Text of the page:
2. Physics for Scientists and Engineers with Modern Physics by Douglas C. Giancoli
This one is another popular textbook focusing on the basics of physics for university students. The book is a little shorter and cheaper than University Physics, however it covers almost the exact same topics. The textbook has a nice structure, with an emphasis on examples. In addition, it is calculus based, which is pretty standard for many of similar textbooks, however, this book seems to have the right level of difficulty. For students from other disciplines, or simply those, who are looking for something lighter in terms of math, there is a very nice algebraic introductory textbook by Giancoli called Physics: Principles and Applications. This text is cheaper and is dedicated to premed, agricultural, technology, and architectural students.
3. Fundamentals of Physics by David Halliday, Robert Resnick and Jearl Walker
Here we have another classic textbook, which is often regarded as the gold standard of freshman textbooks and also happens to be my personal favourite. What is more, in 2002, Fundamentals of Physics was named the most outstanding introductory physics textbook of the 20th century by the American Physical Society. Like other books from this list, Fundamentals of Physics is a huge tome that covers all the major areas of undergraduate physics. In particular, the main topics include: basics of physics and mechanics, waves, electromagnetism, thermodynamics, optics and special relativity. The extended edition of the textbook also covers such modern physics topics as quantum mechanics, solid state physics, atomic and molecular physics and cosmology. Two great features of the book, that I found especially helpful, were the sample problems for each topic and the summaries after each chapter, which were invaluable during exam revision. In addition to that, Fundamental of Physics has plenty of problems after each chapter, which are also a great source for extra practice.
4. Physics for Scientists and Engineers: A Strategic Approach by Randall D. Knight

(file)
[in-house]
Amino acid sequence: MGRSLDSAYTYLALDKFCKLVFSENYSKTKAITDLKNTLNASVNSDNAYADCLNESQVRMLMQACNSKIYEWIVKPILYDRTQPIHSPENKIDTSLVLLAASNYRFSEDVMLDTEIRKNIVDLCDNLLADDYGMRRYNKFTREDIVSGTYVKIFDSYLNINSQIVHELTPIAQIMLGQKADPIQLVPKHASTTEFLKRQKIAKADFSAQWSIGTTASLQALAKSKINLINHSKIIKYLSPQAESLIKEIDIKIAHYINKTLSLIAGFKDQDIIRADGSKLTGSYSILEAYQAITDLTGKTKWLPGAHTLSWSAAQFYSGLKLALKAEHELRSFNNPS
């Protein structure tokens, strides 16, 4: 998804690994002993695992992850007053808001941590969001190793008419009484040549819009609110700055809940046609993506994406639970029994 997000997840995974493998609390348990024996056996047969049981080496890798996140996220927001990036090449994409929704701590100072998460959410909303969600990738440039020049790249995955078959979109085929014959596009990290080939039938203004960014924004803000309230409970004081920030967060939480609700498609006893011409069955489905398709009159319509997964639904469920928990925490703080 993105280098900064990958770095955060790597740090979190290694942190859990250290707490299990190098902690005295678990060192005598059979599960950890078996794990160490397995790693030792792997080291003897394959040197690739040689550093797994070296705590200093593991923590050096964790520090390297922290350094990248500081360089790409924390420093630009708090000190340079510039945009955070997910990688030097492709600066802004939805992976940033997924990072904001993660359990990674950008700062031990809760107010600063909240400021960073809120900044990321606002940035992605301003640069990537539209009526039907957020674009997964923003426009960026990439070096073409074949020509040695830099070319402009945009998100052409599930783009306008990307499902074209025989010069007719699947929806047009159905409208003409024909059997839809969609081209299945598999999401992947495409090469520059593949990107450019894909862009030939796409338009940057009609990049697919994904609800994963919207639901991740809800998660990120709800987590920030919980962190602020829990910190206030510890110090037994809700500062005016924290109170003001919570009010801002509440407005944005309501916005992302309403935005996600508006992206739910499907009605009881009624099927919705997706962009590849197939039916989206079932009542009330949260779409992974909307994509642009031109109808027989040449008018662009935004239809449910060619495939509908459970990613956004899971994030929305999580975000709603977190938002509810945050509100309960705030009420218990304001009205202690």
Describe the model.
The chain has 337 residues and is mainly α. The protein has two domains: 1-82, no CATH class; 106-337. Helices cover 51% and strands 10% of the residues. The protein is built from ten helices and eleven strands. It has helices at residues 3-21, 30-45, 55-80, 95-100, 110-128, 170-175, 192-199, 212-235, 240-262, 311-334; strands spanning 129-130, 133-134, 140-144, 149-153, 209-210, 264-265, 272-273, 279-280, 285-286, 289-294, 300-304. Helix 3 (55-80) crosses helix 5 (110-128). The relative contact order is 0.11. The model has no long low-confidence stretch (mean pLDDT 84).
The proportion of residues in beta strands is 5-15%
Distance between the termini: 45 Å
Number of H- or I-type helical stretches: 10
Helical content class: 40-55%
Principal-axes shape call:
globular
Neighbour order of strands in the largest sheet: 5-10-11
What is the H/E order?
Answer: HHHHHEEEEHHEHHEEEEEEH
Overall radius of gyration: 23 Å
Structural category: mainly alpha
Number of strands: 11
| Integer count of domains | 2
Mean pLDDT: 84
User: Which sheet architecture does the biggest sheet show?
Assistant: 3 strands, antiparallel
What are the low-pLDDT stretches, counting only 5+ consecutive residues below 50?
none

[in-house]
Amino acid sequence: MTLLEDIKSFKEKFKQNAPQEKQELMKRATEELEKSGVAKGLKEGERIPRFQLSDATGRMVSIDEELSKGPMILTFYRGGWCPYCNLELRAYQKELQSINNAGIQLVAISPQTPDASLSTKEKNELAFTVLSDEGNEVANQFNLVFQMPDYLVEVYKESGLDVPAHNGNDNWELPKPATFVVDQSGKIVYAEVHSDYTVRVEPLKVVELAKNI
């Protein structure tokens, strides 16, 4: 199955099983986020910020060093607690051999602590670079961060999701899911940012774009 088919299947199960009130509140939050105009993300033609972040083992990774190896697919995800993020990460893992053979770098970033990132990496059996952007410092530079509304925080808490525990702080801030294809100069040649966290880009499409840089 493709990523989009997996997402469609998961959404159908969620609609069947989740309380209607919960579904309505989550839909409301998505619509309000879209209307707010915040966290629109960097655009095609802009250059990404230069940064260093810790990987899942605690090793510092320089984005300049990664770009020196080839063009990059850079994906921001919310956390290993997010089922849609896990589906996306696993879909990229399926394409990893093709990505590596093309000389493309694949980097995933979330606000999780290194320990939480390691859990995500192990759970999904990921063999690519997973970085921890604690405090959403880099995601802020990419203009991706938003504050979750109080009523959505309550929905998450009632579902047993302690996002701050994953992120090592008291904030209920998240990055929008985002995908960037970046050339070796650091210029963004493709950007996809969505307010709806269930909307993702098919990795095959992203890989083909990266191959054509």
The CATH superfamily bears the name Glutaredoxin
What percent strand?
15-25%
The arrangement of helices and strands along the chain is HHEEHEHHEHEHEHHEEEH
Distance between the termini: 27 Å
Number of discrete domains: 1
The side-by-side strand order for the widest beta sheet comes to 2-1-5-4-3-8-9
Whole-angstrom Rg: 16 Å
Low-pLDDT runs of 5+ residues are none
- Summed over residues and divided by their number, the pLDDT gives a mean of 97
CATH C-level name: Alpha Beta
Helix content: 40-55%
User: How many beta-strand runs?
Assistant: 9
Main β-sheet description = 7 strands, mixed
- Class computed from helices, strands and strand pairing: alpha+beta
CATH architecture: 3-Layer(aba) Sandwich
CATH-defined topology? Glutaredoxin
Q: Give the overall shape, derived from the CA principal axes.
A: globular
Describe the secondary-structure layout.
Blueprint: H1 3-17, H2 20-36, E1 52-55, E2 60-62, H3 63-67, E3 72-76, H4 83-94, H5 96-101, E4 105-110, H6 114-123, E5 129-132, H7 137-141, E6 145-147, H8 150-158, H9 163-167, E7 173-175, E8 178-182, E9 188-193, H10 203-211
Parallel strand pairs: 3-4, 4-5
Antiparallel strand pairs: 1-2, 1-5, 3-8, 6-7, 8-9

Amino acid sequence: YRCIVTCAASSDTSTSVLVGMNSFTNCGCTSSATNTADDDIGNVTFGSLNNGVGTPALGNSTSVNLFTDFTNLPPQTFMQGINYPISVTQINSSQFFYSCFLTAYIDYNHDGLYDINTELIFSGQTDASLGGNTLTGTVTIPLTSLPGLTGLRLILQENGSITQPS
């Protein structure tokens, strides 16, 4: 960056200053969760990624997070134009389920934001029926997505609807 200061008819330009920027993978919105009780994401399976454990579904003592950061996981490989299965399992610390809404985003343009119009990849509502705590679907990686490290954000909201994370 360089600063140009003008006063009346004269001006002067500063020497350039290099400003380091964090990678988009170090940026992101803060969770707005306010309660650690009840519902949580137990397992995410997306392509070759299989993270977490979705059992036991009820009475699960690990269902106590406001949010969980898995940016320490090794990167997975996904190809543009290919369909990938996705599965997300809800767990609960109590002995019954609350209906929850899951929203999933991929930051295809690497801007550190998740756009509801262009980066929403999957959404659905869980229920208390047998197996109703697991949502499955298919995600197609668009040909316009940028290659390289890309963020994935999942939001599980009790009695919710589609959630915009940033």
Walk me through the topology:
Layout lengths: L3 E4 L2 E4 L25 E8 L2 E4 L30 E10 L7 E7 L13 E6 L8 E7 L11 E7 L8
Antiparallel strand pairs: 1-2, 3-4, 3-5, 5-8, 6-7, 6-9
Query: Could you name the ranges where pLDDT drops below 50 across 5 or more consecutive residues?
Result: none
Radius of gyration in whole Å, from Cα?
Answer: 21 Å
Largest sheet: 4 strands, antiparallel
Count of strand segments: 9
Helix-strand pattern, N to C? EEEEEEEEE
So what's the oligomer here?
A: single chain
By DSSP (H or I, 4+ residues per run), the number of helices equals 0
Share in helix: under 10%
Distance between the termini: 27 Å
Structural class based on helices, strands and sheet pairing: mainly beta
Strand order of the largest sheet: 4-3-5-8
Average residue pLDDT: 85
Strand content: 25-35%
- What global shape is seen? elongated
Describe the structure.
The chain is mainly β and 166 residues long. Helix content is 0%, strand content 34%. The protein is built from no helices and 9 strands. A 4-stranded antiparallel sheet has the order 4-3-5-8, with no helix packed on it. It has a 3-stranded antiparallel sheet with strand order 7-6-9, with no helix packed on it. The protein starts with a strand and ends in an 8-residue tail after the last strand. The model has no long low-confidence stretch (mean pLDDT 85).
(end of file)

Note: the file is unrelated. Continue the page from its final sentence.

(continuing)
Physics for Scientists and Engineers is another widely acclaimed textbook used in physics classes all around the world. The author has a reputation of using as little math as possible and focusing on the logic of problem solving, which you may like or hate depending on what you want to learn. The book is often mentioned among the textbooks that focus on educational research to update and improve the material with each new edition. This is obvious in the new edition, which has additional chapter previews, challenge examples, problem sets and summaries.
5. The Feynman Lectures on Physics by Richard Feynman
The Feynman Lectures on Physics are often regarded as one of the most popular physics textbooks ever written. And while it is hard to say if that is true or not, one thing is undeniable — these lectures are invaluable when it comes to teaching conceptual understanding of basic physics. Most people, including experts of the field, recommend The Feynman Lectures due to their intuitive explanation of complex topics and an original approach to teaching undergrad physics. One disadvantage of these books, however, is a lack of focus on problem solving, which is obviously a major part of any physics course. Despite that, most physicists would likely agree that anyone with an interest in physics should read these books at least once.